The federal government must spend up to $12 billion to improve the nation’s flood maps and should do more to steer development out of flood-prone areas, according to two recent studies that warn about increasing flood damage from climate change.
The Federal Emergency Management Agency has produced flood maps covering only one-third of the nation’s 3.5 million miles of streams and 46% of shoreline, the Association of State Floodplain Managers said in a recent report.
The maps show coastal and riverine areas that are most likely to be flooded and help planners and builders determine which areas of a community are suitable for development. FEMA also uses the maps to determine which properties must have flood insurance.
But the absence of flood maps leaves communities “less able to be resilient because the foundational flood data does not exist,” the report says. “Unmapped flood hazard areas present a serious threat to people who may choose to buy or build within them.”
In addition, many of the flood maps that FEMA has drawn “are badly out-of-date,” according to a separate study by the R Street Institute, a free-market think tank in Washington.
The outdated flood maps fail to account for climate change and “do not reflect the degree to which climate change and sea-level rise are expected to heighten the risk of flooding and expand the areas that will be subject to flooding in the future,” the R Street study says.
The National Climate Assessment of 2018 says climate change is intensifying rainfall, storm surges and high tides.
The two studies come as a House committee is set to hold a hearing tomorrow on flood mapping and as President Trump has proposed cutting FEMA’s flood-mapping budget from $263 million this year to $100 million in fiscal 2020. Congress has ignored Trump’s previous proposals to cut federal spending and flood mapping and shift costs to states.
The floodplain association is urging Congress to spend more on flood maps and says it will cost between $3.2 billion and $11.8 billion for FEMA to finish drawing maps for the entire nation. Maintaining and updating the maps will cost $107 million to $480 million a year, the association projected.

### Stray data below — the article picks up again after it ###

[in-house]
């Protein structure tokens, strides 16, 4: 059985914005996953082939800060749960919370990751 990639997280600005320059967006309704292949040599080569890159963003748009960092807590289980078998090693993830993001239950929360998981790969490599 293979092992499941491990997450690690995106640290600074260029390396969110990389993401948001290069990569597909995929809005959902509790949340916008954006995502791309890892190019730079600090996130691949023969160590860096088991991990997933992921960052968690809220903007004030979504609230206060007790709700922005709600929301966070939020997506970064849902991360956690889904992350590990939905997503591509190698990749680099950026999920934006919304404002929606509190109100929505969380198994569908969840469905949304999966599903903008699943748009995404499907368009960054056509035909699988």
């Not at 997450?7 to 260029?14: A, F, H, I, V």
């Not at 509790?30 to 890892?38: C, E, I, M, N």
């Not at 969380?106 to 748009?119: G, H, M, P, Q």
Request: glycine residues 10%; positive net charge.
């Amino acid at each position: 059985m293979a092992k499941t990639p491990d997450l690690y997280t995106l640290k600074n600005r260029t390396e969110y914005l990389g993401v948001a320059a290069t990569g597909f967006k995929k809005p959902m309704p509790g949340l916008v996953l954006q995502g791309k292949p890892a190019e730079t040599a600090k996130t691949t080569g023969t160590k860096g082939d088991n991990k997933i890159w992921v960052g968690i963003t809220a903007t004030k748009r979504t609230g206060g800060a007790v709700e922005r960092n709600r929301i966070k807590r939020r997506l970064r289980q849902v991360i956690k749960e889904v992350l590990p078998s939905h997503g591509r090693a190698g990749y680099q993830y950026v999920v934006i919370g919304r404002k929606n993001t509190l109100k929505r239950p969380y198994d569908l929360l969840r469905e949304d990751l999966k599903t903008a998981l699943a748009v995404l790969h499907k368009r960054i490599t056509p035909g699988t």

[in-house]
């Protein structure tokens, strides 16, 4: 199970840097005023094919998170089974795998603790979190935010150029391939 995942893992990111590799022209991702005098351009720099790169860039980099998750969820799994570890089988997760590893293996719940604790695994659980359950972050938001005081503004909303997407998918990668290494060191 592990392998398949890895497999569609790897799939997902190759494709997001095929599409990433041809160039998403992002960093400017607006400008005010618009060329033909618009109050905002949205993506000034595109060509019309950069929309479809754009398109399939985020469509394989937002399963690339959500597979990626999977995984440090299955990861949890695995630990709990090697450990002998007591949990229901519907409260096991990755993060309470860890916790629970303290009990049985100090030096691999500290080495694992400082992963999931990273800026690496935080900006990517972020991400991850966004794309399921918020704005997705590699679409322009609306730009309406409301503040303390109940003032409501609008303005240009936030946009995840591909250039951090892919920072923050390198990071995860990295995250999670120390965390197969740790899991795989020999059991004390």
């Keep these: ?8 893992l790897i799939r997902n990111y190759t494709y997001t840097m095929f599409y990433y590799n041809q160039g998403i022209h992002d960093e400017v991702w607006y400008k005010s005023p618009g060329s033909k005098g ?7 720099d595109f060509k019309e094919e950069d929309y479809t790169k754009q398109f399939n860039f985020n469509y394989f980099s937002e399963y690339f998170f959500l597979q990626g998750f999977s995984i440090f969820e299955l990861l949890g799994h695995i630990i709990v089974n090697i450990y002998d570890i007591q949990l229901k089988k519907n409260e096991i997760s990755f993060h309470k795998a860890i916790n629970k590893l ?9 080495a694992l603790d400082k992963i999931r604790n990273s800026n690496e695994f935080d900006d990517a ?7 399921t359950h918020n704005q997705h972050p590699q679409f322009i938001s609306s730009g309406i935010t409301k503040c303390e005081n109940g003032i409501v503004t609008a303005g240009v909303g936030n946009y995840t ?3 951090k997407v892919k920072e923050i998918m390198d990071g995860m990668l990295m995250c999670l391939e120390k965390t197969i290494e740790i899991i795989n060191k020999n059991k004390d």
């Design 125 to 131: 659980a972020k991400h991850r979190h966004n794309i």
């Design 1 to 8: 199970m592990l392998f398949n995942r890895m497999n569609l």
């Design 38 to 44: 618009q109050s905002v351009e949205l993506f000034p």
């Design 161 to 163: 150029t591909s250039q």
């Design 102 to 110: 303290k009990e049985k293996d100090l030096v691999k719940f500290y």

But the costs are recovered because flood maps steer development out of risky areas and avoid flood damage, the association said.
FEMA has noted that the overwhelming percentage of U.S. residents live in communities with flood maps. The communities without flood maps are concentrated in sparsely populated regions of the Great Plains and Rocky Mountain West.
But the Wisconsin-based flood association said FEMA’s focus on highly populated areas “ignores lesser populated areas that have considerable flood risk, especially in relation to the local economy, and may have rapidly developing areas with no flood data to guide development.”
And the R Street Institute says that some of FEMA’s most obsolete maps are found “in some of the nation’s most flood-prone communities,” according to the study, written by R.J. Lehmann, an insurance expert.
A November 2017 report by the Congressional Budget Office found that exactly half of the 166 counties with the highest flood risk used flood maps that were more than 5 years old. Forty-two of the counties used maps that were more than 10 years old, the CBO found.
FEMA requires people and businesses that own property in a high-risk flood area to have flood insurance if they also have a federally backed mortgage. FEMA sells almost all of the nation’s flood insurance coverage through its National Flood Insurance Program.
Lehmann says that FEMA should stop selling insurance to new construction in high-risk flood zones, which are defined as areas with a 1% annual chance of being flooded. This policy would reverse a trend of increasing development in the nation’s most flood-prone areas and mark a sharp departure from FEMA’s long-standing policy of insuring any property against flood damage regardless of its flood risk.
Reprinted from Climatewire with permission from E&E News. E&E provides daily coverage of essential energy and environmental news at www.eenews.net.